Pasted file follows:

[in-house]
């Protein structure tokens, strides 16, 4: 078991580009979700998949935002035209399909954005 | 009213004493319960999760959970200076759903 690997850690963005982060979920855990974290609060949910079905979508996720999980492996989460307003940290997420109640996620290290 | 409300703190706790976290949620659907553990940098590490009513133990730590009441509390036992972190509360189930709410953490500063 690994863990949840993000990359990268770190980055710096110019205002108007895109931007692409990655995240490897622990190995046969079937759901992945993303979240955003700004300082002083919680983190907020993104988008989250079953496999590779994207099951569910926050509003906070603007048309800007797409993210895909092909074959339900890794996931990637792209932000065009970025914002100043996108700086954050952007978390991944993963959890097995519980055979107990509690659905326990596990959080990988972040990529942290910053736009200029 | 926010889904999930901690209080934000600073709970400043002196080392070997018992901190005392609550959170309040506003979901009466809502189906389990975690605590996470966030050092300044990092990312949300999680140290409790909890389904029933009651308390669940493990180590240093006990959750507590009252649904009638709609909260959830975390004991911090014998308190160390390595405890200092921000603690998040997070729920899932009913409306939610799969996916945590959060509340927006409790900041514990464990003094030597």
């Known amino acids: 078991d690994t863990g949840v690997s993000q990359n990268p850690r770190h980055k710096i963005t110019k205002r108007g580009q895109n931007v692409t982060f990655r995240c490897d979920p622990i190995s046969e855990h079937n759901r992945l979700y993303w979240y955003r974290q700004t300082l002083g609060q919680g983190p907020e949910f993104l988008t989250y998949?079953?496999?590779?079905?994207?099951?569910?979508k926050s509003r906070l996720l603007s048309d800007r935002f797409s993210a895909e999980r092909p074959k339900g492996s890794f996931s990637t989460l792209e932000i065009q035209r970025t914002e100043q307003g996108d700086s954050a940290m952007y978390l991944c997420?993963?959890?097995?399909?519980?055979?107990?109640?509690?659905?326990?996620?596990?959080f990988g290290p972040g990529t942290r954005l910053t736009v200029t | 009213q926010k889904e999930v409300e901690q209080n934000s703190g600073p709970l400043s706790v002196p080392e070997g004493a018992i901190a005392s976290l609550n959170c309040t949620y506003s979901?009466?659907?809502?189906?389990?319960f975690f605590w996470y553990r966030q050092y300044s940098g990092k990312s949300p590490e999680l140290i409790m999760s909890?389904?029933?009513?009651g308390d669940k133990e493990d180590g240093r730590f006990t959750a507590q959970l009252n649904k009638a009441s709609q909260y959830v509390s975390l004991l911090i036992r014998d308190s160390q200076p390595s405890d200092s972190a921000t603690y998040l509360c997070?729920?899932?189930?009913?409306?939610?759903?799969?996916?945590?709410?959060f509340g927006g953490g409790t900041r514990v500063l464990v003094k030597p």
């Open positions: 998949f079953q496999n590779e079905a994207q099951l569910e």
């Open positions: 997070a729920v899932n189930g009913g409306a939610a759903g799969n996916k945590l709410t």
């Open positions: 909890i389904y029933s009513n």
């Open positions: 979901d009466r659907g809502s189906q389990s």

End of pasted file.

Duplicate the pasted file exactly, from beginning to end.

[in-house]
């Protein structure tokens, strides 16, 4: 078991580009979700998949935002035209399909954005 | 009213004493319960999760959970200076759903 690997850690963005982060979920855990974290609060949910079905979508996720999980492996989460307003940290997420109640996620290290 | 409300703190706790976290949620659907553990940098590490009513133990730590009441509390036992972190509360189930709410953490500063 690994863990949840993000990359990268770190980055710096110019205002108007895109931007692409990655995240490897622990190995046969079937759901992945993303979240955003700004300082002083919680983190907020993104988008989250079953496999590779994207099951569910926050509003906070603007048309800007797409993210895909092909074959339900890794996931990637792209932000065009970025914002100043996108700086954050952007978390991944993963959890097995519980055979107990509690659905326990596990959080990988972040990529942290910053736009200029 | 926010889904999930901690209080934000600073709970400043002196080392070997018992901190005392609550959170309040506003979901009466809502189906389990975690605590996470966030050092300044990092990312949300999680140290409790909890389904029933009651308390669940493990180590240093006990959750507590009252649904009638709609909260959830975390004991911090014998308190160390390595405890200092921000603690998040997070729920899932009913409306939610799969996916945590959060509340927006409790900041514990464990003094030597």
């Known amino acids: 078991d690994t863990g949840v690997s993000q990359n990268p850690r770190h980055k710096i963005t110019k205002r108007g580009q895109n931007v692409t982060f990655r995240c490897d979920p622990i190995s046969e855990h079937n759901r992945l979700y993303w979240y955003r974290q700004t300082l002083g609060q919680g983190p907020e949910f993104l988008t989250y998949?079953?496999?590779?079905?994207?099951?569910?979508k926050s509003r906070l996720l603007s048309d800007r935002f797409s993210a895909e999980r092909p074959k339900g492996s890794f996931s990637t989460l792209e932000i065009q035209r970025t914002e100043q307003g996108d700086s954050a940290m952007y978390l991944c997420?993963?959890?097995?399909?519980?055979?107990?109640?509690?659905?326990?996620?596990?959080f990988g290290p972040g990529t942290r954005l910053t736009v200029t | 009213q926010k889904e999930v409300e901690q209080n934000s703190g600073p709970l400043s706790v002196p080392e070997g004493a018992i901190a005392s976290l609550n959170c309040t949620y506003s979901?009466?659907?809502?189906?389990?319960f975690f605590w996470y553990r966030q050092y300044s940098g990092k990312s949300p590490e999680l140290i409790m999760s909890?389904?029933?009513?009651g308390d669940k133990e493990d180590g240093r730590f006990t959750a507590q959970l009252n649904k009638a009441s709609q909260y959830v509390s975390l004991l911090i036992r014998d308190s160390q200076p390595s405890d200092s972190a921000t603690y998040l509360c997070?729920?899932?189930?009913?409306?939610?759903?799969?996916?945590?709410?959060f509340g927006g953490g409790t900041r514990v500063l464990v003094k030597p």
């Open positions: 998949f079953q496999n590779e079905a994207q099951l569910e």
């Open positions: 997070a729920v899932n189930g009913g409306a939610a759903g799969n996916k945590l709410t």
């Open positions: 909890i389904y029933s009513n």
């Open positions: 979901d009466r659907g809502s189906q389990s």